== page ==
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Treebeard's Stumper Answer
10 March 2000

Strange Views

Part of the challenge of technical drawing or drafting is learning to show solid objects in flat drawings. A common method is to use orthographic projections to show the edges of an object with front, top, and side views. Here's an example, and two stumpers. The puzzle is to study the three views and reconstruct the solid objects they show. All surfaces are flat, though not necessarily at right angles to each other. There are no hidden edges. Hint: each object can be carved from a solid block with just one or two straight cuts!

Four Dunn Middle School students were the first to independently find both stumper blocks shown below. This requires real visual thinking! The first object is made with two straight cuts, one diagonally across the top and straight down, the other diagonally across the side and in until they meet. The other object can be made with a single cut from the top diagonal down at an angle to the front corner. It's not surprising that much drafting is now done on computers with CAD software that lets the designer manipulate solid objects in virtual 3D space.


Graybear did me one better and produced developments of each object showing how they can be made from a piece of paper. If each square is 1 by 1, then how long are the diagonals? (Hint: c2 = a2 + b2)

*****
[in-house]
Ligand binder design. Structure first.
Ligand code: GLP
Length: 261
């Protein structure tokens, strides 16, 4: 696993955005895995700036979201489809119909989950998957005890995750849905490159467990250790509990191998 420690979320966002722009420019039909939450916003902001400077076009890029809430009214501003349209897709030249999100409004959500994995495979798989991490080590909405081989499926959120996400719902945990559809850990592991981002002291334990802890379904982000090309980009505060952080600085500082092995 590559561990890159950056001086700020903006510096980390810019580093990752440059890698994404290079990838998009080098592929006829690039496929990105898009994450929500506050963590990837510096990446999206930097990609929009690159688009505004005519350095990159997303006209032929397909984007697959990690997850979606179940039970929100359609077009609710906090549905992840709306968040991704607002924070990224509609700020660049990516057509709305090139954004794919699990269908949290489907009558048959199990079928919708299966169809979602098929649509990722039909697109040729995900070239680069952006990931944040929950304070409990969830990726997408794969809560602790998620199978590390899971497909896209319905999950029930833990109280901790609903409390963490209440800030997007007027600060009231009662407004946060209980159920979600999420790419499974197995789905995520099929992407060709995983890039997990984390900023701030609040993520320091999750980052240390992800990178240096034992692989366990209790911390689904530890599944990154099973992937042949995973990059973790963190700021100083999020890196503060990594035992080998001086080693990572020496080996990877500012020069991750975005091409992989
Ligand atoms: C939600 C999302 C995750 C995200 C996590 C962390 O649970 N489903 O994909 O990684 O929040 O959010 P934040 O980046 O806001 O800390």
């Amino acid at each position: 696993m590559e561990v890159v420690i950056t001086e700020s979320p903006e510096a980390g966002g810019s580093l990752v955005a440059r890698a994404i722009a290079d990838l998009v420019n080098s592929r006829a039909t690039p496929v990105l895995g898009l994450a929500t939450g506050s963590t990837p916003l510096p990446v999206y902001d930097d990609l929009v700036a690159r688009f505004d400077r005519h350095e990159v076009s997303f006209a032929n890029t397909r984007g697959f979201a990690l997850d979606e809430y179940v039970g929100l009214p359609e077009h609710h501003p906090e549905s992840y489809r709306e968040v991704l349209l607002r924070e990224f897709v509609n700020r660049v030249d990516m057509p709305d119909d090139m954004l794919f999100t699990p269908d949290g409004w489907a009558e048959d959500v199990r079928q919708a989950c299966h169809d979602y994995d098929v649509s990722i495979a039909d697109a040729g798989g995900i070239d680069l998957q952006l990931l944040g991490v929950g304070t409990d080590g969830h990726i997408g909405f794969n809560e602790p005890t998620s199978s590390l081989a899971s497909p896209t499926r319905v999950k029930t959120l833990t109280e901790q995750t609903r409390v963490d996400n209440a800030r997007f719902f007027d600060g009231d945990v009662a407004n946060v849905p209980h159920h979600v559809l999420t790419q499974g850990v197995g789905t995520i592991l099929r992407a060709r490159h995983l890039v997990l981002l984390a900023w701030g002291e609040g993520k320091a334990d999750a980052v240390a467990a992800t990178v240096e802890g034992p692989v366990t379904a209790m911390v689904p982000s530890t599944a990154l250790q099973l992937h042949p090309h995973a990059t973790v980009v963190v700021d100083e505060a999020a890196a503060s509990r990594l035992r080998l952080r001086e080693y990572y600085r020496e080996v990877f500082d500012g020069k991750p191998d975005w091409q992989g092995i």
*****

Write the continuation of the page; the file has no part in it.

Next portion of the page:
Challenge accepted, Graybear! I cut and pasted your developments into a graphics program, enlarged them and added glue tabs, printed them on heavy paper with my ink jet printer, and made them. Nice fit!

My plans are available here and here. Save the images and load them into a graphics program like Paint Shop Pro. Print them full page in landscape mode on card stock or photo paper. Crease all the folds (scoring will help) and paste them together with a glue stick. Let the ink dry a long time before folding so they won't be as smudged as mine! This is a handy way to make paper model templates for a drafting class. Now there's an idea for a useful Web site!

I didn't think I'd have anything to say about this stumper, but I was wrong. I presented this stumper in each of my science classes at Dunn Middle School, and gave the kids just five minutes to do it. Four kids (of 48) got both stumpers. What's interesting is that three of the four kids are in special tutoring classes. We all learn in different ways, and this shows that kids who need help with normal school tasks can excel at other important tasks.

I've always been skeptical about left-brain / right-brain dichotomies. That dualism just seems too simple and archaic to be anything more than a metaphor. But it's undeniable that we're different, and it's a step in the right direction for teachers.

In this election year, it seems politicians can't talk about education without mentioning "standardized testing." That scares me. I don't see the point of trying to make everyone the same. This policy hurts kids, and it will hurt our country in the long run. I want diversity and more opportunities for kids in schools, not narrow standards. Arts and vocational training and other educational alternatives are important. They allow different kids to shine.

Of course that's just my opinion. I may be wrong.

Here are some Web links for further research on visual learning:

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